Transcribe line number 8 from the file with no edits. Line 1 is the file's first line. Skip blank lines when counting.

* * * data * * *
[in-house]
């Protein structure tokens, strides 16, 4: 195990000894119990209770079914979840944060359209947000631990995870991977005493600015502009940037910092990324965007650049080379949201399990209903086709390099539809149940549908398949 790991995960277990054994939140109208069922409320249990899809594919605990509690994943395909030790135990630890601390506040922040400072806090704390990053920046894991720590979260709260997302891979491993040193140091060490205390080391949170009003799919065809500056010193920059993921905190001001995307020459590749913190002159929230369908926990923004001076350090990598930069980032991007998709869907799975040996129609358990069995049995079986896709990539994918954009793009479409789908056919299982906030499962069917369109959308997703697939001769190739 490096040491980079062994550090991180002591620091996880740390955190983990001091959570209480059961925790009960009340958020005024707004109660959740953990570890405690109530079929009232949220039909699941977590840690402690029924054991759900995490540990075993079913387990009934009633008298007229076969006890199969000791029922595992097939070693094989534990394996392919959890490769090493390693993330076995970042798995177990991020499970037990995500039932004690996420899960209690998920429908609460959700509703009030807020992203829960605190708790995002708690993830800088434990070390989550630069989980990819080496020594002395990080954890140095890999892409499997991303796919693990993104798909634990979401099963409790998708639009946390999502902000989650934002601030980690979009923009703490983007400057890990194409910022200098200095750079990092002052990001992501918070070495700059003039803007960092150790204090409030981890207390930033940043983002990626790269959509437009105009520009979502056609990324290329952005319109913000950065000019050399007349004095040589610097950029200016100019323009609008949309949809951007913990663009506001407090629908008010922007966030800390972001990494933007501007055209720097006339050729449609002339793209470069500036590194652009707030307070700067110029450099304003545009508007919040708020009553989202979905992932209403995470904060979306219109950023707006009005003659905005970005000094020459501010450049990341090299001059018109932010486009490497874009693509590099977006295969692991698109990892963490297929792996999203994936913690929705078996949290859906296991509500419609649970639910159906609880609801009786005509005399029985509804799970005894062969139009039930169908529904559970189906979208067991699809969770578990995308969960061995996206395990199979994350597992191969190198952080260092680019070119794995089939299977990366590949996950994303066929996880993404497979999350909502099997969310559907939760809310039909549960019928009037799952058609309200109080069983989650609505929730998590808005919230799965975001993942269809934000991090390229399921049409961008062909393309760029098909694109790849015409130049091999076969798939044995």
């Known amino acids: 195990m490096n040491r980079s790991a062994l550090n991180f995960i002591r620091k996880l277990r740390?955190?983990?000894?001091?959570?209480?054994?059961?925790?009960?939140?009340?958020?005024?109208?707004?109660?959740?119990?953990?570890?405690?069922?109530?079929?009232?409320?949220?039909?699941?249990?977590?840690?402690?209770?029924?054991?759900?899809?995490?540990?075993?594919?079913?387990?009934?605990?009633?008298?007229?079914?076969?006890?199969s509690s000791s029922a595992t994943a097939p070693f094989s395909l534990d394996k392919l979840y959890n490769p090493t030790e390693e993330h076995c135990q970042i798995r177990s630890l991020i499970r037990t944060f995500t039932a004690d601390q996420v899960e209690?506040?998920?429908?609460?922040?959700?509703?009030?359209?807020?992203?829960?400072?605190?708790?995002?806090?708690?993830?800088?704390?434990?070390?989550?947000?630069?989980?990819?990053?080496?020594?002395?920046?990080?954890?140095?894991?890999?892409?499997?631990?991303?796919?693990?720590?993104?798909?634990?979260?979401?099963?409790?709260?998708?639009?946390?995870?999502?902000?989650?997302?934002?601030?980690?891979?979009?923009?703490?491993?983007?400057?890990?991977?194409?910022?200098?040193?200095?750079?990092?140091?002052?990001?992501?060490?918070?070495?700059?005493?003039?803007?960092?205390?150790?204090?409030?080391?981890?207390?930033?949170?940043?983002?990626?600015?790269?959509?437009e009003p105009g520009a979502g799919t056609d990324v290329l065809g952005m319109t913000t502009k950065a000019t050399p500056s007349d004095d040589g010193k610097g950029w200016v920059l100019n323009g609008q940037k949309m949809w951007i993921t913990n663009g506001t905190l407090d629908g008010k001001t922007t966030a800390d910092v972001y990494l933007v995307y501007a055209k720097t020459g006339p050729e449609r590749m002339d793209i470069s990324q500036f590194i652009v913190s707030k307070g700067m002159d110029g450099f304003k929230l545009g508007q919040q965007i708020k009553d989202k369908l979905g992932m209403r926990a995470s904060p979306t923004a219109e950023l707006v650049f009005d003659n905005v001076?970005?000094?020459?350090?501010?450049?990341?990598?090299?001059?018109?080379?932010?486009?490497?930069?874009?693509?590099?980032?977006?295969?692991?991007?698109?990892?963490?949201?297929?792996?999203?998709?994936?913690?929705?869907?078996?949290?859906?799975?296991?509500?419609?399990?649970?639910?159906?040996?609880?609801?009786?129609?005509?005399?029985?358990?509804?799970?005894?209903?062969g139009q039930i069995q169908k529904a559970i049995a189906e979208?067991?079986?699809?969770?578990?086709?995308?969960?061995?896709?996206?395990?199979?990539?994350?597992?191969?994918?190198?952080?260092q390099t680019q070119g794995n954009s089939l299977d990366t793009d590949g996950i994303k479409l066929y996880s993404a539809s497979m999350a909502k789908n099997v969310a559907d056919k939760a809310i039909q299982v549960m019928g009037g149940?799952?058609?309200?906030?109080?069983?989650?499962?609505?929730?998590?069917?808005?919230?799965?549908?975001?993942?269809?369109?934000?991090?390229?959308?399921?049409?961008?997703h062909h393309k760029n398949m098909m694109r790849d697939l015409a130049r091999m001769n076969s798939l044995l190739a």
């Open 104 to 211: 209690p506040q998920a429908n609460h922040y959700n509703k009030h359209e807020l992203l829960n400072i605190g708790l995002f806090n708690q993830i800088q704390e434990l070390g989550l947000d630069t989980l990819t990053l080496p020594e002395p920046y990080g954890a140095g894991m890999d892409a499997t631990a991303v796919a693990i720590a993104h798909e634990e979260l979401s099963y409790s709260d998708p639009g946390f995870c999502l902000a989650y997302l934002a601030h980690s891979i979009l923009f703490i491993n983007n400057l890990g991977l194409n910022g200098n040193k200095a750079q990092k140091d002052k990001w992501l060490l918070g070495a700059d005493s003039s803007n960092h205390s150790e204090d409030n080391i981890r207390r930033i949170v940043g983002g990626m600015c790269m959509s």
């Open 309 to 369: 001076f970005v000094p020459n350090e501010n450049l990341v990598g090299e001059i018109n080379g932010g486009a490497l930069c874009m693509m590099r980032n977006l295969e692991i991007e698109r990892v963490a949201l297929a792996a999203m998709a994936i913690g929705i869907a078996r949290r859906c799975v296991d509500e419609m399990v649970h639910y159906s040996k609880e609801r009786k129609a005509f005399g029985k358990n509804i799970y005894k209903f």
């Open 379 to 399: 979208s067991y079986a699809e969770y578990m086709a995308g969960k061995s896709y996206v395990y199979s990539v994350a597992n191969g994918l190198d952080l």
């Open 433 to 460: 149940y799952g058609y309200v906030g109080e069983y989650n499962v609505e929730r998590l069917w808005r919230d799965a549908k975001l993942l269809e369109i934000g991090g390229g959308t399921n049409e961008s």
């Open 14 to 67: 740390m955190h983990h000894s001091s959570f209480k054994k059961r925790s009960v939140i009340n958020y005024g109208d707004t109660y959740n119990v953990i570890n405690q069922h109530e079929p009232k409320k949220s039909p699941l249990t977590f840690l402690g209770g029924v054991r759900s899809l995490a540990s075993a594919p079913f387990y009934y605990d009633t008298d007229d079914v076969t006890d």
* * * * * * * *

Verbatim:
């Open 14 to 67: 740390m955190h983990h000894s001091s959570f209480k054994k059961r925790s009960v939140i009340n958020y005024g109208d707004t109660y959740n119990v953990i570890n405690q069922h109530e079929p009232k409320k949220s039909p699941l249990t977590f840690l402690g209770g029924v054991r759900s899809l995490a540990s075993a594919p079913f387990y009934y605990d009633t008298d007229d079914v076969t006890d």